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A lot or a little?
The parents' guide to what's in this music.
What parents need to know
Parents need to know that Jack White's Lazaretto is a quirky contemporary rock album with country, blues, and some heavy metal shadings, by the former leader of the popular indie/alternative band The White Stripes. Most of the songs deal with emotional pain of some sort -- whether from broken relationships, existential angst ("I'm...becoming a ghost so nobody can know me"), or spiritual uncertainty; it's a dark journey, for sure. The lyrics are cryptic in places, occasionally bordering on the impenetrable, but repeated listening will reveal new shades of meaning for those willing to make the effort. Some of the rhythms and instrumental textures are edgy and at times jarring, but there also are melodic tunes that show White's pop inclinations and his love for traditional country music.
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What's the story?
LAZARETTO is the second solo album (after 2012's Blunderbuss) from noted Nashville-based singer-songwriter-guitarist-producer Jack White, who's best known as the driving force behind the White Stripes (as well as the short-lived groups The Raconteurs and The Dead Weather). Musically, the album shows White's fascination with American roots music -- especially country and blues -- as well as more modern rock, including bands such as Led Zeppelin and various "garage rock" antecedents. Lyrically, most of the songs deal with some sort of emotional insecurity and confusion, loneliness, and self-doubt -- not too surprising, given that creating the album was spurred by White's discovery of some stories and plays he'd written when he was a (presumably) fragile 19-year-old.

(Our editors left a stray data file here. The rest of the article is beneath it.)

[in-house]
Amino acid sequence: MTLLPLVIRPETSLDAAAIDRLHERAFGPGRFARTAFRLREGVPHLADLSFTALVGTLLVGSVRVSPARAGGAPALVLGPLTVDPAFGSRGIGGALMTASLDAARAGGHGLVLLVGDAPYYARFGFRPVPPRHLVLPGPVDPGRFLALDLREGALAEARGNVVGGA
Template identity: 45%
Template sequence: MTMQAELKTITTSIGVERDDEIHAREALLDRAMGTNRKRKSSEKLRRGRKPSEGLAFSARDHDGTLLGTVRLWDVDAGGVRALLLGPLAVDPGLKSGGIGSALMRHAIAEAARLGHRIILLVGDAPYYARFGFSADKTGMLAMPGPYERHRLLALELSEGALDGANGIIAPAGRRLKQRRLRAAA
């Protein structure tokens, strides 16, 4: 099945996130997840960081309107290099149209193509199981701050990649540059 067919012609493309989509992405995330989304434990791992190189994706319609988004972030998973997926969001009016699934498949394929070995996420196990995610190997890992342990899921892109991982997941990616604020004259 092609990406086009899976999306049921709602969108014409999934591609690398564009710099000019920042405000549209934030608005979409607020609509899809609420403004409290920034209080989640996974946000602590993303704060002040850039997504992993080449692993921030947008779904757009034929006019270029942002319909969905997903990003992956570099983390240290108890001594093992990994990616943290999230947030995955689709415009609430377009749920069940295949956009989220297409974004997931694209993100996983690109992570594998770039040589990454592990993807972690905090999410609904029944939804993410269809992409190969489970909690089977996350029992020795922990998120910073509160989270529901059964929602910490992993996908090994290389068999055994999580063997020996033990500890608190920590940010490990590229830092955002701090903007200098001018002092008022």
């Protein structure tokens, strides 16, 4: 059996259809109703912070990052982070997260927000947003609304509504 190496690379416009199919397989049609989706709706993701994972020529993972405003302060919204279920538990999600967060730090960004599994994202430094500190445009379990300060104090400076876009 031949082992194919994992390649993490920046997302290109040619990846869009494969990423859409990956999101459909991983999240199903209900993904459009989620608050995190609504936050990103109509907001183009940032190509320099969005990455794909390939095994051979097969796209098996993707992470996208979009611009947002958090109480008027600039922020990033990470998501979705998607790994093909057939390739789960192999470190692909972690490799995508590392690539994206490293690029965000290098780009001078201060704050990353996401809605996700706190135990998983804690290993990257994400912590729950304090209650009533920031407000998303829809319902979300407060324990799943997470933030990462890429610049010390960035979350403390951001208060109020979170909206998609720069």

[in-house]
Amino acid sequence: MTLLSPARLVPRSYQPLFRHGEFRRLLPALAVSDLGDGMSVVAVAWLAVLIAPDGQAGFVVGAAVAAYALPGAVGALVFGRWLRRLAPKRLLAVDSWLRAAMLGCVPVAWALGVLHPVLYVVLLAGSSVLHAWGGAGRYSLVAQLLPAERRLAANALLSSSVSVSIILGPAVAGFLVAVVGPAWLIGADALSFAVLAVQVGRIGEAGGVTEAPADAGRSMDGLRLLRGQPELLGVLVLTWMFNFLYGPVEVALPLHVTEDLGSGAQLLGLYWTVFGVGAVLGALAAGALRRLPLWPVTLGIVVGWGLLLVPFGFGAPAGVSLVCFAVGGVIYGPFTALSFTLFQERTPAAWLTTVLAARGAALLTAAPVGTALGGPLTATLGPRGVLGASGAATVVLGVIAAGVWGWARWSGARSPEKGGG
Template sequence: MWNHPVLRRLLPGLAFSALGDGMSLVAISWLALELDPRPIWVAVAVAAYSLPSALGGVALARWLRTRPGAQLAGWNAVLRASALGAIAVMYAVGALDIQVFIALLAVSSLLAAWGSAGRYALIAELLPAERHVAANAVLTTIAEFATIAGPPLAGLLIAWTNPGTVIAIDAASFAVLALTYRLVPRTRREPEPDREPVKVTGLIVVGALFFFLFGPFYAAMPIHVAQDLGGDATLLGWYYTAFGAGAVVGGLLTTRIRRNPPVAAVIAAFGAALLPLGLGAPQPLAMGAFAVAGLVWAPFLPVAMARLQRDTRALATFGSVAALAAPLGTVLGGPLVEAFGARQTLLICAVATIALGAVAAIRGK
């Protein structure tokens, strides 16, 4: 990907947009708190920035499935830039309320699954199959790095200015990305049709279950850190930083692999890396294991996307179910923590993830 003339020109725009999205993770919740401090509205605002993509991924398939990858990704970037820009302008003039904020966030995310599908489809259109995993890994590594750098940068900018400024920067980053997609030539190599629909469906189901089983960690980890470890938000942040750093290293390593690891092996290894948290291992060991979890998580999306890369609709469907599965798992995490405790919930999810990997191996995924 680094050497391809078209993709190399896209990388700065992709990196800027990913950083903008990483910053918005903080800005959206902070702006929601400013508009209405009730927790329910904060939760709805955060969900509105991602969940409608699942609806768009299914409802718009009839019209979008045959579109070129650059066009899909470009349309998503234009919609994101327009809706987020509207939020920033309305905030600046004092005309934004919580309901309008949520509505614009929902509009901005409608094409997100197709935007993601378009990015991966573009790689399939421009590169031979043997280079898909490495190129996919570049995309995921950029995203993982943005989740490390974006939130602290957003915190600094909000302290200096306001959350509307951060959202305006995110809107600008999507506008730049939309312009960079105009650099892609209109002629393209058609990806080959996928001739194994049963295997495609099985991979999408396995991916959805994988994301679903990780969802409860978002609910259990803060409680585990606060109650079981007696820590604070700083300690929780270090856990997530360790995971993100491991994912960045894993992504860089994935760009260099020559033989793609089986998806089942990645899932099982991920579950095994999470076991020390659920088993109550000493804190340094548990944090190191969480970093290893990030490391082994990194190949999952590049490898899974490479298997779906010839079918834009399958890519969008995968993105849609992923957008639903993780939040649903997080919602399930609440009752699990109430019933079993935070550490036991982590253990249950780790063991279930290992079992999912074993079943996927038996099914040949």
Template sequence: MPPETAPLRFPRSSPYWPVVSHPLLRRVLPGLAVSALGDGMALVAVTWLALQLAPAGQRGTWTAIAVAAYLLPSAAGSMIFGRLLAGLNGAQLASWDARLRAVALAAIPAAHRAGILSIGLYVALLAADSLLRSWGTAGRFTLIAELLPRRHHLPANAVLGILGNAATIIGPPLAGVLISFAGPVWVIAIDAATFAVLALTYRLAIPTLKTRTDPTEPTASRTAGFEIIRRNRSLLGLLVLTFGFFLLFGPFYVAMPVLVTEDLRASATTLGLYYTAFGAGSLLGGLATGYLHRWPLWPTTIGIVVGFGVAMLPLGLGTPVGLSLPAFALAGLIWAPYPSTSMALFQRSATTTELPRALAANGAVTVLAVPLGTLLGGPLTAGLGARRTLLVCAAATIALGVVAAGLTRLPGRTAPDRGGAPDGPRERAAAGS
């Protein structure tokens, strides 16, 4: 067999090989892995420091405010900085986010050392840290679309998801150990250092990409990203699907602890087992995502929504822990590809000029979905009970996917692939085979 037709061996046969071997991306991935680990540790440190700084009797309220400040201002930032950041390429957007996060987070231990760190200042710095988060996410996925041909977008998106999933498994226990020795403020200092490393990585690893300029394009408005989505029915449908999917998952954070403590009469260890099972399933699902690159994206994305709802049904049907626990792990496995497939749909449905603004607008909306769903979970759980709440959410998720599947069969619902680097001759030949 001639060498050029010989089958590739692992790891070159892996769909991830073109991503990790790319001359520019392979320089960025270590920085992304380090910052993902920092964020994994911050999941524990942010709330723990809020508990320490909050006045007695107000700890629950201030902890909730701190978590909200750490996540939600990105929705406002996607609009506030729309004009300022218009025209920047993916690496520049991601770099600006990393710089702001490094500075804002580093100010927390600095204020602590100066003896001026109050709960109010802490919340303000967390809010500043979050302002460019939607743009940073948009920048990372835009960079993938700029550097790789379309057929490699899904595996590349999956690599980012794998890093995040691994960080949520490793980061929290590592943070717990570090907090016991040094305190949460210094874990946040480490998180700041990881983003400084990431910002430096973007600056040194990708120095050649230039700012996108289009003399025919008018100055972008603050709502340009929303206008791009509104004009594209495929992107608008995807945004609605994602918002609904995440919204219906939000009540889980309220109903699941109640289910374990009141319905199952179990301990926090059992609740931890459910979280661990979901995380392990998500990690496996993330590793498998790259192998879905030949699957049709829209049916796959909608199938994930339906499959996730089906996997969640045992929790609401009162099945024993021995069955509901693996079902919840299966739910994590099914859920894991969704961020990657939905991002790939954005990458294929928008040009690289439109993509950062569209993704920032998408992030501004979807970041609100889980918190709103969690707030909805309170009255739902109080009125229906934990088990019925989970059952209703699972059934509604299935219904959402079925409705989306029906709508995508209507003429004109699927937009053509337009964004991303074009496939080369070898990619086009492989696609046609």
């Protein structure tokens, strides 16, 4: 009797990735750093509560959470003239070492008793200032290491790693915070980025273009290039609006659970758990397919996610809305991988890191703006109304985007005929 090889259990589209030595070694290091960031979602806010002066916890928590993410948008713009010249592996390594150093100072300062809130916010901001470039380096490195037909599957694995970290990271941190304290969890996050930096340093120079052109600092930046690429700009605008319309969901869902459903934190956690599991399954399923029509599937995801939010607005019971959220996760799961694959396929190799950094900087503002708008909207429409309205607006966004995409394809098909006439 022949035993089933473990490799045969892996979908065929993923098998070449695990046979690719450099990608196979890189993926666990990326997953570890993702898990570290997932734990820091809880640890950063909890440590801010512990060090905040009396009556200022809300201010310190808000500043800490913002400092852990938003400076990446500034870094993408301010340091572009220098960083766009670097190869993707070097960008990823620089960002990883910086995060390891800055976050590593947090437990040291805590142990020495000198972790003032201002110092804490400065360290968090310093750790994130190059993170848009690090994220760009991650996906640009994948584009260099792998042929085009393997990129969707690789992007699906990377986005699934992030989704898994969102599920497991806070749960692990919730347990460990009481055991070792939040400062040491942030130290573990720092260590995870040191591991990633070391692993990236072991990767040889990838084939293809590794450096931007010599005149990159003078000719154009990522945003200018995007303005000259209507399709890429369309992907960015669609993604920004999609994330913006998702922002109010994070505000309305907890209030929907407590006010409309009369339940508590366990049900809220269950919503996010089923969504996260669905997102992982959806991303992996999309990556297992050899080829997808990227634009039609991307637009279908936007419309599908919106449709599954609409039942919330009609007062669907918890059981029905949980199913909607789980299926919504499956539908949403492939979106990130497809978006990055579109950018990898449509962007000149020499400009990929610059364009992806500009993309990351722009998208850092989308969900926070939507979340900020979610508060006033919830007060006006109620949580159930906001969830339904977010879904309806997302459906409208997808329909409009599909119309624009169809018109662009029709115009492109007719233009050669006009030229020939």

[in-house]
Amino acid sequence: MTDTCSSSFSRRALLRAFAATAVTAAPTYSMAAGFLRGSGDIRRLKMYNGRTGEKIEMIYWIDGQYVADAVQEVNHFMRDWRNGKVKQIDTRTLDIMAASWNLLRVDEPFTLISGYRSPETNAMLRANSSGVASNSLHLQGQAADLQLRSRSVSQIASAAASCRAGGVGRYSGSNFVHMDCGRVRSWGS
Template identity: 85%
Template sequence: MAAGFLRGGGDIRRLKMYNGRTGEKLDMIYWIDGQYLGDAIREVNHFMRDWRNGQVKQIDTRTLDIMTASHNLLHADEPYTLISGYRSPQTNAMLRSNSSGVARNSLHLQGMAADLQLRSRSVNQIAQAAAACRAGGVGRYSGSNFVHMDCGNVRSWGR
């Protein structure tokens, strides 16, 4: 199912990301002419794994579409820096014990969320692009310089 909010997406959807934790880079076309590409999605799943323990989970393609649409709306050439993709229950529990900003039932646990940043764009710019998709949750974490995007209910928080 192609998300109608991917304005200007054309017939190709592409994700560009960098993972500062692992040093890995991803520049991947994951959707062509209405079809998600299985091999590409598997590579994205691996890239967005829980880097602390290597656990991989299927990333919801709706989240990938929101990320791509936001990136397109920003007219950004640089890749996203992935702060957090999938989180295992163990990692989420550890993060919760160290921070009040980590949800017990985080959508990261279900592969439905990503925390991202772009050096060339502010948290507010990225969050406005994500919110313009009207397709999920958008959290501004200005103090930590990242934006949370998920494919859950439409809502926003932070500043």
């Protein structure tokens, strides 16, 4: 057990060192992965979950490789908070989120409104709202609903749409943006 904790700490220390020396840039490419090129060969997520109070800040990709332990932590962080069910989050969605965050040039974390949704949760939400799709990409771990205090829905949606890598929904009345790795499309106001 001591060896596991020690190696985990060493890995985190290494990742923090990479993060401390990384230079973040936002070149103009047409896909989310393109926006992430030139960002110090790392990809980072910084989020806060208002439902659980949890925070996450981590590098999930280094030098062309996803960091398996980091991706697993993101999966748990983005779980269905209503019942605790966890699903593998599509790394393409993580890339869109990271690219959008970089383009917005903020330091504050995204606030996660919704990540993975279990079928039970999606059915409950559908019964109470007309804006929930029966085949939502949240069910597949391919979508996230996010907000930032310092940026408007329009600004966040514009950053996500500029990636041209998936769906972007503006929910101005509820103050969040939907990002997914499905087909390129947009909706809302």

Is it any good?
Whether he's fronting a band or making an album under his own name, Jack White sounds like no one else in modern rock. His distinctive high voice, his quirky variations on traditional song forms (unusual and unpredictable tempo changes, sudden textural shifts in instrumentation, or the coloration of his always-fascinating guitar parts) make him a true original. From a lyrical perspective, White seems a bit lost on Lazaretto -- uncomfortable with who he is, unsure of what he should do, and confused, detached, and disappointed with the sorry state of the world and mankind.
Lazaretto is an emotionally dark album, but there are beautiful parts, too, and the writing is always compelling and clearly honest. Jack White's supporters should love this album. Neophytes might find it too strange and unsettling, as it's not a conventional album at all.
Talk to your kids about ...
Families can talk about American roots music. Why do you think the blues and country continue to have such an influence on rock?
How do you think Lazaretto compares with Jack White's work with the White Stripes?
Do you think this kind of emotionally dark music appeals to teens? Why, or why not?